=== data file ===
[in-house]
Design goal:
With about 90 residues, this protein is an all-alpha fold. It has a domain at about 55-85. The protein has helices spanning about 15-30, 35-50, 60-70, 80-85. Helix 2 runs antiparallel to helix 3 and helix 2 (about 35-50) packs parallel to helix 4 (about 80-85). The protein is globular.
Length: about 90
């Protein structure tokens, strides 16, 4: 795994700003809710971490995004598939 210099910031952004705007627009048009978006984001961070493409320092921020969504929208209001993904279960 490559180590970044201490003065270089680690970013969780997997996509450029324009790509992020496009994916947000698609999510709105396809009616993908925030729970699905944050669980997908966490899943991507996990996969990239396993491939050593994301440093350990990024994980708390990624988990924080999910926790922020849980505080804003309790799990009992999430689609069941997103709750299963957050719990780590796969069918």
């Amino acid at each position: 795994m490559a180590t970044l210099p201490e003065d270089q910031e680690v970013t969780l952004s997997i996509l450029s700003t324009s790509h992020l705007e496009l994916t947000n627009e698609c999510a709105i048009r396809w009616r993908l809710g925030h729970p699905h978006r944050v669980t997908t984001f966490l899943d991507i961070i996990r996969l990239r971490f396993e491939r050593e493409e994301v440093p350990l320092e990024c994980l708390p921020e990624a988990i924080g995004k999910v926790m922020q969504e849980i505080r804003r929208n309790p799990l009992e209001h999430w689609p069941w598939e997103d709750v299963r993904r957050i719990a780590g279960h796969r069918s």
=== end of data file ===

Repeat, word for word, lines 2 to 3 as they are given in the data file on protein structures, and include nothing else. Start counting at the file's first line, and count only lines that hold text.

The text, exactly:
Design goal:
With about 90 residues, this protein is an all-alpha fold. It has a domain at about 55-85. The protein has helices spanning about 15-30, 35-50, 60-70, 80-85. Helix 2 runs antiparallel to helix 3 and helix 2 (about 35-50) packs parallel to helix 4 (about 80-85). The protein is globular.